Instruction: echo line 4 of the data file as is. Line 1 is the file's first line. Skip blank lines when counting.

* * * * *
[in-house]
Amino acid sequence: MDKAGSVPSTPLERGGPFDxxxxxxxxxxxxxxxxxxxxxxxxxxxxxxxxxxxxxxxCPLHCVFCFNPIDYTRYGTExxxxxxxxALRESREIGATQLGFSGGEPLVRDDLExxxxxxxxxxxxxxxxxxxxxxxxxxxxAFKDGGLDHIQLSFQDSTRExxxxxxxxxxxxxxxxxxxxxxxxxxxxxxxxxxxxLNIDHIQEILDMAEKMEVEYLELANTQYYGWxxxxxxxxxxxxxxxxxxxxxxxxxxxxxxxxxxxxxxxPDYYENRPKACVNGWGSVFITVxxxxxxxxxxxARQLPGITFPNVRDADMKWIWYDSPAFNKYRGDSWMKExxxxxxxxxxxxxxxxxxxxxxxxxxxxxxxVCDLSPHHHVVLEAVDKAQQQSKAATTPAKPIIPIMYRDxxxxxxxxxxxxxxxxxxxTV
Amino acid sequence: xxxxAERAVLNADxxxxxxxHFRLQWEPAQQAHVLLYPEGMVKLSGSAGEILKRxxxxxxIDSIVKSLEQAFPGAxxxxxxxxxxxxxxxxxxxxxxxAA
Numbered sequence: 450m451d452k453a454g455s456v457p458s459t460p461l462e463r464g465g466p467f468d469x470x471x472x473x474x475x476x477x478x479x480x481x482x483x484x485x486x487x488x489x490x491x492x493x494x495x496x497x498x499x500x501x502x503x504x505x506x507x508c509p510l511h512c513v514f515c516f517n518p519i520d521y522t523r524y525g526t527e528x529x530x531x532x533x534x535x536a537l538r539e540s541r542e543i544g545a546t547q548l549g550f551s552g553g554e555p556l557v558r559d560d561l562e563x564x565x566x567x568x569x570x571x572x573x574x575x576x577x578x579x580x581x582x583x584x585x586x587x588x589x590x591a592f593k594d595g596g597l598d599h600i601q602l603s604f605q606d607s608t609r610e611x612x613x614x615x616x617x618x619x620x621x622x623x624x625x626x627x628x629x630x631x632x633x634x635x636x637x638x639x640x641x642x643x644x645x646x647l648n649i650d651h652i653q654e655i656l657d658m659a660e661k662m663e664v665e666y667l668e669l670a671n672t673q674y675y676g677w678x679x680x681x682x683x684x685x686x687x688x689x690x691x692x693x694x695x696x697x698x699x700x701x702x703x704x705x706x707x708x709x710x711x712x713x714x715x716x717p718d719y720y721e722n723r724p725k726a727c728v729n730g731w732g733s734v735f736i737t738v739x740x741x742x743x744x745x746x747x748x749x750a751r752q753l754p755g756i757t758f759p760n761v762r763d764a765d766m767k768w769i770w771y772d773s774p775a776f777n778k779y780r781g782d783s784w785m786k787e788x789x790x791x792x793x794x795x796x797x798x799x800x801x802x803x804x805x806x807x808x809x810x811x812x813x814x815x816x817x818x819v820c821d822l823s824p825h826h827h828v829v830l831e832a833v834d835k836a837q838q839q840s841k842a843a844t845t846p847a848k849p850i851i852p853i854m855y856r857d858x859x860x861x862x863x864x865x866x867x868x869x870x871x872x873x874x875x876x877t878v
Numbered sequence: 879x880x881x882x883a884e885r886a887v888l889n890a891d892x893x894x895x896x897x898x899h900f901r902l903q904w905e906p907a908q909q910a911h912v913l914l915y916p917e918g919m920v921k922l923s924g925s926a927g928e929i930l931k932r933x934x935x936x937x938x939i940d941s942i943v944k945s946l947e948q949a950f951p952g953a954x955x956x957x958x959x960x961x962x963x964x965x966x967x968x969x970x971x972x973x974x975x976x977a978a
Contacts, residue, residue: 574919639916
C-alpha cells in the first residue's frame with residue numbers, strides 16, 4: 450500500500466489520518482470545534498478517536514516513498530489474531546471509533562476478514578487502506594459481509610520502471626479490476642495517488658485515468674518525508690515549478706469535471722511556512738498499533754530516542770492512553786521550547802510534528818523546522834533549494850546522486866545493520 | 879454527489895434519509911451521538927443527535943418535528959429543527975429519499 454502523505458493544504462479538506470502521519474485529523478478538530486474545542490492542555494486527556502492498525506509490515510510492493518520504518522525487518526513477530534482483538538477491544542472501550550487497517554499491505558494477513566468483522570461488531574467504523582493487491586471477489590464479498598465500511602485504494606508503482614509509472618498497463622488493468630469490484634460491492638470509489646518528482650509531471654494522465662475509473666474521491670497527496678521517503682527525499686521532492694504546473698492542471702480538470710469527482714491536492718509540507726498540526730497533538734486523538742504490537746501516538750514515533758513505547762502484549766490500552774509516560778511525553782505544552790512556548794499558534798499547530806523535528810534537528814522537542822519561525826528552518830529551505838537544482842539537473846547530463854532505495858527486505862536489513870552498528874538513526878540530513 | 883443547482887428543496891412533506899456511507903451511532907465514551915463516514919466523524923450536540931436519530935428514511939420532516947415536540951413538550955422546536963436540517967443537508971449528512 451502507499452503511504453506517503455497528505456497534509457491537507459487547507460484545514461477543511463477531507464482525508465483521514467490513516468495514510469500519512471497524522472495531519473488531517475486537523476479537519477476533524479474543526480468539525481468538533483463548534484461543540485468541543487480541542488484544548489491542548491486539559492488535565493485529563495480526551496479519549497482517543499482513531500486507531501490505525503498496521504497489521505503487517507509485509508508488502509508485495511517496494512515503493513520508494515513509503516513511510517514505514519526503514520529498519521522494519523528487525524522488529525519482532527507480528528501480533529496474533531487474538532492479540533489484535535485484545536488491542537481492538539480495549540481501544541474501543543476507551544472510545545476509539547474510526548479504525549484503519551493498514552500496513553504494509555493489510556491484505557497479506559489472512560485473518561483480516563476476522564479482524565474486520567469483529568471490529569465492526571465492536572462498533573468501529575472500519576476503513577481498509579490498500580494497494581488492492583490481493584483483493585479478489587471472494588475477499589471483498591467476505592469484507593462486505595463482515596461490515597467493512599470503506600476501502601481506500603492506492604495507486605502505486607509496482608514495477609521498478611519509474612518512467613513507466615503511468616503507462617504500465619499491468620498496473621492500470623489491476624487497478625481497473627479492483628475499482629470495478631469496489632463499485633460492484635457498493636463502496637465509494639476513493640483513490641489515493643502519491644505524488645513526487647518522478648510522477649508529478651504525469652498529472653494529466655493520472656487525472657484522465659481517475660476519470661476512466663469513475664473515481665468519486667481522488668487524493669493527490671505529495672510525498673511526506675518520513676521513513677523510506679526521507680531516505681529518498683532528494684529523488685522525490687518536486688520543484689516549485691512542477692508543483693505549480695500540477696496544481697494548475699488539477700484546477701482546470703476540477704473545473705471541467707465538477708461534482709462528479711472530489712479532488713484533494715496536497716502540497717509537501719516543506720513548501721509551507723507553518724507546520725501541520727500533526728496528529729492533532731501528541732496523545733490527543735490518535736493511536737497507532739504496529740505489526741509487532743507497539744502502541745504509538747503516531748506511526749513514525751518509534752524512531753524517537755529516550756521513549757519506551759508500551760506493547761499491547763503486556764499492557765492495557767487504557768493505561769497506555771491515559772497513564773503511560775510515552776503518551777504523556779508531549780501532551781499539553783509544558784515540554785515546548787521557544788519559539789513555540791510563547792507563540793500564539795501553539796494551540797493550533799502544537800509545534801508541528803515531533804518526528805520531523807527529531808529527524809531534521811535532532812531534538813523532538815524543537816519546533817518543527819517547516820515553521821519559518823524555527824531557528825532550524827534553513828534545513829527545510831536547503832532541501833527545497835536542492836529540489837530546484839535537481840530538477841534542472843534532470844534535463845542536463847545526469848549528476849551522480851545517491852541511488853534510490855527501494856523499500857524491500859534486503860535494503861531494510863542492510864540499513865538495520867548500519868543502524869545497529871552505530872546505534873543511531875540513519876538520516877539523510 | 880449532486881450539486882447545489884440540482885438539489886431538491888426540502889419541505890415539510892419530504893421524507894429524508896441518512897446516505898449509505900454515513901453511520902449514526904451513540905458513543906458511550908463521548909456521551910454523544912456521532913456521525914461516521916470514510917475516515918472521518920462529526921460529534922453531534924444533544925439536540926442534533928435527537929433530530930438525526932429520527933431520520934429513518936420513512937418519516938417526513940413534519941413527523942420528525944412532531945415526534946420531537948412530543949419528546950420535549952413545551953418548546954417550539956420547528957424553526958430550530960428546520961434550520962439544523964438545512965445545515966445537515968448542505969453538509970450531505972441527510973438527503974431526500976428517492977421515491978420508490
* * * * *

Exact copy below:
Numbered sequence: 450m451d452k453a454g455s456v457p458s459t460p461l462e463r464g465g466p467f468d469x470x471x472x473x474x475x476x477x478x479x480x481x482x483x484x485x486x487x488x489x490x491x492x493x494x495x496x497x498x499x500x501x502x503x504x505x506x507x508c509p510l511h512c513v514f515c516f517n518p519i520d521y522t523r524y525g526t527e528x529x530x531x532x533x534x535x536a537l538r539e540s541r542e543i544g545a546t547q548l549g550f551s552g553g554e555p556l557v558r559d560d561l562e563x564x565x566x567x568x569x570x571x572x573x574x575x576x577x578x579x580x581x582x583x584x585x586x587x588x589x590x591a592f593k594d595g596g597l598d599h600i601q602l603s604f605q606d607s608t609r610e611x612x613x614x615x616x617x618x619x620x621x622x623x624x625x626x627x628x629x630x631x632x633x634x635x636x637x638x639x640x641x642x643x644x645x646x647l648n649i650d651h652i653q654e655i656l657d658m659a660e661k662m663e664v665e666y667l668e669l670a671n672t673q674y675y676g677w678x679x680x681x682x683x684x685x686x687x688x689x690x691x692x693x694x695x696x697x698x699x700x701x702x703x704x705x706x707x708x709x710x711x712x713x714x715x716x717p718d719y720y721e722n723r724p725k726a727c728v729n730g731w732g733s734v735f736i737t738v739x740x741x742x743x744x745x746x747x748x749x750a751r752q753l754p755g756i757t758f759p760n761v762r763d764a765d766m767k768w769i770w771y772d773s774p775a776f777n778k779y780r781g782d783s784w785m786k787e788x789x790x791x792x793x794x795x796x797x798x799x800x801x802x803x804x805x806x807x808x809x810x811x812x813x814x815x816x817x818x819v820c821d822l823s824p825h826h827h828v829v830l831e832a833v834d835k836a837q838q839q840s841k842a843a844t845t846p847a848k849p850i851i852p853i854m855y856r857d858x859x860x861x862x863x864x865x866x867x868x869x870x871x872x873x874x875x876x877t878v